Jane Nead

Jane Nead

Shakespeare Institute
Doctoral researcher

Contact details

PhD title: ‘You have beguiled me with a counterfeit’: The Hallmark of Truth and the Exposure of Artifice in Shakespeare’s Work
Supervisor: Dr Will Sharpe and Dr Ann-Marie Carey (Birmingham City University)
PhD Shakespeare Studies


  • BA Honours French (University of Birmingham)
  • City & Guilds Levels 1-3 in Structured Jewellery Design (City Lit London)
  • MA Shakespeare and Theatre (Shakespeare Institute, University of Birmingham)


I trained as a jewellery designer-maker 11 years ago. Between 2014 and 2017, whilst working part-time at the Goldsmiths’ Company Assay Office, I developed two jewellery collections inspired by Shakespeare. I launched ‘The Noble Fool’ Collection in Stratford-Upon-Avon in 2015 and was subsequently commissioned by the Shakespeare Birthplace Trust to design the Knot Garden collection for the opening of Shakespeare’s New Place in 2016.

I began my MA in 2017 and over the past three years I have discovered a fascinating symbiotic relationship between my life as an MA student and my life as a jeweller. Shakespeare uses an extensive metal- and jewellery-related vocabulary within his work and I have become increasingly interested in the way that Shakespeare weaves this vocabulary into his writing, particularly in the unusual case of touchstones and precious metal testing (assaying) phraseology.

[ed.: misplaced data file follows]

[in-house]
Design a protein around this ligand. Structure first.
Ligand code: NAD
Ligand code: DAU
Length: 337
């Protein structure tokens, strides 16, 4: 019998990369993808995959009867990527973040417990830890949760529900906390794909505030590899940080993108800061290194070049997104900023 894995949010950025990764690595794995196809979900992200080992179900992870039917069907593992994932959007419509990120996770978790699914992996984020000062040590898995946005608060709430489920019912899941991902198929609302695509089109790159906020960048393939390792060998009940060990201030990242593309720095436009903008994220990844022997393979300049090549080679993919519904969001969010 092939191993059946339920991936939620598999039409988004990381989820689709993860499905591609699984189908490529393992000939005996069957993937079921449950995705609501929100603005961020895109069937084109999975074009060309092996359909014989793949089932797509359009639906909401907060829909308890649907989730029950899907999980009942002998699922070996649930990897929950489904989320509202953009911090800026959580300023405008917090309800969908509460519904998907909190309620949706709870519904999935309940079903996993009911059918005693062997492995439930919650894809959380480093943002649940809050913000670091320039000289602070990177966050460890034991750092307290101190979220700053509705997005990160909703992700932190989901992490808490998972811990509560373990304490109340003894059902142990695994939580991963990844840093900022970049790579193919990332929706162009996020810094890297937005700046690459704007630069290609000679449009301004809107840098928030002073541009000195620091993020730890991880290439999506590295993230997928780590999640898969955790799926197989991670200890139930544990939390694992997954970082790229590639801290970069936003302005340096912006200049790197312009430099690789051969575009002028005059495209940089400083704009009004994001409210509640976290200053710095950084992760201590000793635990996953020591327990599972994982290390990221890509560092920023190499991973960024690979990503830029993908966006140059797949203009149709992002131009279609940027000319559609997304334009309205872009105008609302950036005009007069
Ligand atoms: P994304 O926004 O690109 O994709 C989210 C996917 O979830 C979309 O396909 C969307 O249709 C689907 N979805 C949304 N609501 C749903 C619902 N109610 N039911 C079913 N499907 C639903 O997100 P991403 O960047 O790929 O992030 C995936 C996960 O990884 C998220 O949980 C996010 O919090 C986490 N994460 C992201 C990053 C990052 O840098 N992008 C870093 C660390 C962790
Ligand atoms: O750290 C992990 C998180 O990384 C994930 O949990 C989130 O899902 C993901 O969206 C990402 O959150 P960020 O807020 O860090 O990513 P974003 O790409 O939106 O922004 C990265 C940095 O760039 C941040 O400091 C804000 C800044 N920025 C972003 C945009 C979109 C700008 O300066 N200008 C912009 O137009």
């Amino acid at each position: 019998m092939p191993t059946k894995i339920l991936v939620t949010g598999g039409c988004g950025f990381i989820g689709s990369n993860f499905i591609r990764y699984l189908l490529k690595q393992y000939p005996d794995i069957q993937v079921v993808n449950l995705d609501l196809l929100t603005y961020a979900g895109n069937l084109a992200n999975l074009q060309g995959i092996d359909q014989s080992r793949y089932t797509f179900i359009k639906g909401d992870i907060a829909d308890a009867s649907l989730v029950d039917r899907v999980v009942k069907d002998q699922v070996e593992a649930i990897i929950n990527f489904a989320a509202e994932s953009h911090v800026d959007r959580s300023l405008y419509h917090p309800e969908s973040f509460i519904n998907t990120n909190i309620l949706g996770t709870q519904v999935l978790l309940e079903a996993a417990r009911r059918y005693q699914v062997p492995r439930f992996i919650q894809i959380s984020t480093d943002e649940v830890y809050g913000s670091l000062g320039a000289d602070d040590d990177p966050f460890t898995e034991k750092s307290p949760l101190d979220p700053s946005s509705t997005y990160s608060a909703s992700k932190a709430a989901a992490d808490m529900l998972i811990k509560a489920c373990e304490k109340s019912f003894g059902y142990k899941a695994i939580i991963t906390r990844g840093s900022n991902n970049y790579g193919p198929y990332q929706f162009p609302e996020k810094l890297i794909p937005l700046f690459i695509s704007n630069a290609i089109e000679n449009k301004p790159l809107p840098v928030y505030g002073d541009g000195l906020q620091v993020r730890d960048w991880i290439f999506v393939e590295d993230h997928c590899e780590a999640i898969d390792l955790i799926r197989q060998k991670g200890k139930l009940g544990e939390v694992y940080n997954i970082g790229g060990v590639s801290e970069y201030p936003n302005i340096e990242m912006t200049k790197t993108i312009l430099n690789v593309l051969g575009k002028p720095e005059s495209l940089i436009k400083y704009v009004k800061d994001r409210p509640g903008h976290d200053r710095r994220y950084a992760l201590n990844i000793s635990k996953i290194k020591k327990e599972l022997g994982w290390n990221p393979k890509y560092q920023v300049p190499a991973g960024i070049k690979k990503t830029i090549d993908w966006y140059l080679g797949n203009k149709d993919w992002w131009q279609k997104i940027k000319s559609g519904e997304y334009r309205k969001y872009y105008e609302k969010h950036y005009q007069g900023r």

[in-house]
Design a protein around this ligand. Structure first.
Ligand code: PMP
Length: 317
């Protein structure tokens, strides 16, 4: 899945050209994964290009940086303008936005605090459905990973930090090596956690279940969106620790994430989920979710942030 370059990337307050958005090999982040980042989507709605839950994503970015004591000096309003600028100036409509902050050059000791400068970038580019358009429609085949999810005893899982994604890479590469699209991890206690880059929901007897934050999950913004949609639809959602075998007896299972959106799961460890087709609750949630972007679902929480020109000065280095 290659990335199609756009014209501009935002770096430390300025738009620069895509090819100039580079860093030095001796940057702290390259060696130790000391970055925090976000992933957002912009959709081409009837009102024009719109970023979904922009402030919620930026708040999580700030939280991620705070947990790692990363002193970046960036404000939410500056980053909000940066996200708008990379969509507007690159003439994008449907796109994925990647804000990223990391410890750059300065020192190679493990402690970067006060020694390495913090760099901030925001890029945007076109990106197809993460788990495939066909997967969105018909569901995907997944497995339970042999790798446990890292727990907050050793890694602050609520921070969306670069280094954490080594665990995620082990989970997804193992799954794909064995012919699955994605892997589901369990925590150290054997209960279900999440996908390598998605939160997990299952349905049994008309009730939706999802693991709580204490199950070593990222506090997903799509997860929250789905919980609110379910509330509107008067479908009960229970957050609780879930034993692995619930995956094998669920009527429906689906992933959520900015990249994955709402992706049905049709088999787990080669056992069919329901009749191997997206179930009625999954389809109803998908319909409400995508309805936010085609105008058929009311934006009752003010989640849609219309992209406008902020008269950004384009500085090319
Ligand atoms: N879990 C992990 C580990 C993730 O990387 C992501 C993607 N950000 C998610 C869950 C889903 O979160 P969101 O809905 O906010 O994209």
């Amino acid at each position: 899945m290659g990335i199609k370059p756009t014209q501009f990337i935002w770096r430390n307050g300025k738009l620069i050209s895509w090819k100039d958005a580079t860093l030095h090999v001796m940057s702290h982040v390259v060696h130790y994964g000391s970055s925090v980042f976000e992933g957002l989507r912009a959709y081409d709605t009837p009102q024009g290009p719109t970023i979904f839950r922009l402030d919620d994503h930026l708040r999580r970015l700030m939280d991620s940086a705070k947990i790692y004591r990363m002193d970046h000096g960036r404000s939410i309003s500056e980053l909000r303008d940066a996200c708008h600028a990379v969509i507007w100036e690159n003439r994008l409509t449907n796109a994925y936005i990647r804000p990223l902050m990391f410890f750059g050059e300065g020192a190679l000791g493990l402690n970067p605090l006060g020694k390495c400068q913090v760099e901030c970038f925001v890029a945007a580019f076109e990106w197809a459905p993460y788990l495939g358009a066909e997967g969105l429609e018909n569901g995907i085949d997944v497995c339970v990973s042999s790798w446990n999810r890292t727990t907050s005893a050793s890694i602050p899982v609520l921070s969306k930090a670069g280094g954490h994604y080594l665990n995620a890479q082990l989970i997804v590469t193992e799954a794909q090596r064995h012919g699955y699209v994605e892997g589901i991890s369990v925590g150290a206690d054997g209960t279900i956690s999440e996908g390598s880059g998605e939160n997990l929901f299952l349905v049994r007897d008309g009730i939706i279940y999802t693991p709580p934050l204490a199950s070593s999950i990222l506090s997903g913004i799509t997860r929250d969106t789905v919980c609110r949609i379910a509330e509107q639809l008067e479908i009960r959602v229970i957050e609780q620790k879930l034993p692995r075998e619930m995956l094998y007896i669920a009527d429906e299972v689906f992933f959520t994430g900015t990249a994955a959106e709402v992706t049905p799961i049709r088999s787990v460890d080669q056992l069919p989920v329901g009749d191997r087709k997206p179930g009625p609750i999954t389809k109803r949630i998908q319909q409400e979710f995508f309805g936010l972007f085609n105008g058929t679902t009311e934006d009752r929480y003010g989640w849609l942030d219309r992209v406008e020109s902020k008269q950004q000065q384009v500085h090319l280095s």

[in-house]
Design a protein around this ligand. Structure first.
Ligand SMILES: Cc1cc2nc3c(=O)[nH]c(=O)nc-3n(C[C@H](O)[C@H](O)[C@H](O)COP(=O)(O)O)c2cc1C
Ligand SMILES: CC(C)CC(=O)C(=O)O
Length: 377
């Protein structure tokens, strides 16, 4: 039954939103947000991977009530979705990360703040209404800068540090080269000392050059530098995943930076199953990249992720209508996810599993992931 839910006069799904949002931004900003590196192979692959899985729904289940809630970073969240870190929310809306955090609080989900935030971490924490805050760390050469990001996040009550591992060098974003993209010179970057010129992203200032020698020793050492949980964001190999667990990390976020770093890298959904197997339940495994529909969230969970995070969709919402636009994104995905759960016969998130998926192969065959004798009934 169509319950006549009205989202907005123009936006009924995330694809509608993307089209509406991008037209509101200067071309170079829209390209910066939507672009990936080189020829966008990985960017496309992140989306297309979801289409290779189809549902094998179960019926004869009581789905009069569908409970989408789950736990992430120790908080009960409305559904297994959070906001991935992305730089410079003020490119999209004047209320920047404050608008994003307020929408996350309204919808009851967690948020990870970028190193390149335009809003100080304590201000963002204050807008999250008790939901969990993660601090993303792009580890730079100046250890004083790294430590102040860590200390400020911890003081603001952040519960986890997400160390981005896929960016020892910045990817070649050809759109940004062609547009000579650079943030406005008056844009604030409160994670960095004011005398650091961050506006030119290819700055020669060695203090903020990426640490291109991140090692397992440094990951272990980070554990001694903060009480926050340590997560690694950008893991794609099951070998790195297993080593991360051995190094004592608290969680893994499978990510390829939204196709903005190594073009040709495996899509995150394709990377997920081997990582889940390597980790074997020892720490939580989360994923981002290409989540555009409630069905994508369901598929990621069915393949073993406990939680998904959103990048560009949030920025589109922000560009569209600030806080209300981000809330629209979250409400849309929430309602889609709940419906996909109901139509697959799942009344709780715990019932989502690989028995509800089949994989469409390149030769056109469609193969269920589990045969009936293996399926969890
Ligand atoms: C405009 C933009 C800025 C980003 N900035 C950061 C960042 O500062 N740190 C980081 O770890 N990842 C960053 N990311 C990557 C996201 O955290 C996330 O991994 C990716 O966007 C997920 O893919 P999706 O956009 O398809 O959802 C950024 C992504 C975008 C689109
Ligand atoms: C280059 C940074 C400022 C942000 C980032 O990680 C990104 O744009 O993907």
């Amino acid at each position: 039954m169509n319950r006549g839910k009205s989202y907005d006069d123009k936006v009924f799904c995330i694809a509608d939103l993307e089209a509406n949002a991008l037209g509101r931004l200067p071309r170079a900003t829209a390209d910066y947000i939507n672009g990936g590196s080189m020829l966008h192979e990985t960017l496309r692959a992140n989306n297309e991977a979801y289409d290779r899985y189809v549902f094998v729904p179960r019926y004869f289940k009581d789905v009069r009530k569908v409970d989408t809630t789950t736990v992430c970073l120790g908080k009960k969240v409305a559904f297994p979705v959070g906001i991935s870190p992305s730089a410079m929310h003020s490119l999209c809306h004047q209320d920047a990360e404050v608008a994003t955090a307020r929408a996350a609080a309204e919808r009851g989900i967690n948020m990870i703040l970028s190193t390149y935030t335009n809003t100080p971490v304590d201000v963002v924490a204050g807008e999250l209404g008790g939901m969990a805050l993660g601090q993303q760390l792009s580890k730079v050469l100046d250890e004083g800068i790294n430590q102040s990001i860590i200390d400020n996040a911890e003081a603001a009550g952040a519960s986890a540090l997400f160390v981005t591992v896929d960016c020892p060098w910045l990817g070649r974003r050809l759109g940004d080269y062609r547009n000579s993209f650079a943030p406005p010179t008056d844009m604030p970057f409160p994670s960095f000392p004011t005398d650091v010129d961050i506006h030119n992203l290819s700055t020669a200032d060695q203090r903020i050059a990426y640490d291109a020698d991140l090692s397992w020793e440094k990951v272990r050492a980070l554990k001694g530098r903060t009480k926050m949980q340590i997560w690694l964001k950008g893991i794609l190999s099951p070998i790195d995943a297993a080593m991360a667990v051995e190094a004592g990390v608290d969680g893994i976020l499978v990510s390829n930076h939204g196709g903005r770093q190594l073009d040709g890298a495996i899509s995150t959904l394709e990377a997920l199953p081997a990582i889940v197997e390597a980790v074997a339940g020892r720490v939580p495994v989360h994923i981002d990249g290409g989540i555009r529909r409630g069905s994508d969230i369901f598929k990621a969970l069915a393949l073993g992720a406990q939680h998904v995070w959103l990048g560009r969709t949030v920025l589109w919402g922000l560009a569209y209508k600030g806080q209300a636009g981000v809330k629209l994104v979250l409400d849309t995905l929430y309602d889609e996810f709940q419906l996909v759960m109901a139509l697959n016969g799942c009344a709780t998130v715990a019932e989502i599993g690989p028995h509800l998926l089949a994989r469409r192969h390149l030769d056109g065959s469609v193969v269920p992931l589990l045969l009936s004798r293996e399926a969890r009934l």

By combining my fascination with Shakespeare’s language and the original practices of the goldsmith and assayer, I intend to illustrate the power of Shakespeare’s words and provide a new layer of meaning to Shakespeare’s language of deceptive appearance and disguise.


I am taking an interdisciplinary approach to the examination of Shakespeare’s language of deception and disguise, expressed through imagery relating to metal, jewellery, coins, testing (assaying), hallmarking and counterfeiting, and demonstrated through material fabrication. As a maker – facilitated by the Birmingham School of Jewellery and supported by the Goldsmiths’ Company Assay Office - I will use my original practice-led investigations to demonstrate how, for example, the properties of a metal may provide clues to character traits, or why metal-working techniques are so frequently used to indicate temperament or parentage. As an academic, I will use close textual analysis to provide a new, material context for Shakespeare’s vocabulary from the point of view of the goldsmith or assayer, enriching academic scholarship in the field of early modern material culture.

Other activities

‘The Acid Test – Touching Base with Timon of Athens’, British Graduate Shakespeare Conference (Britgrad), Stratford-Upon-Avon, 2019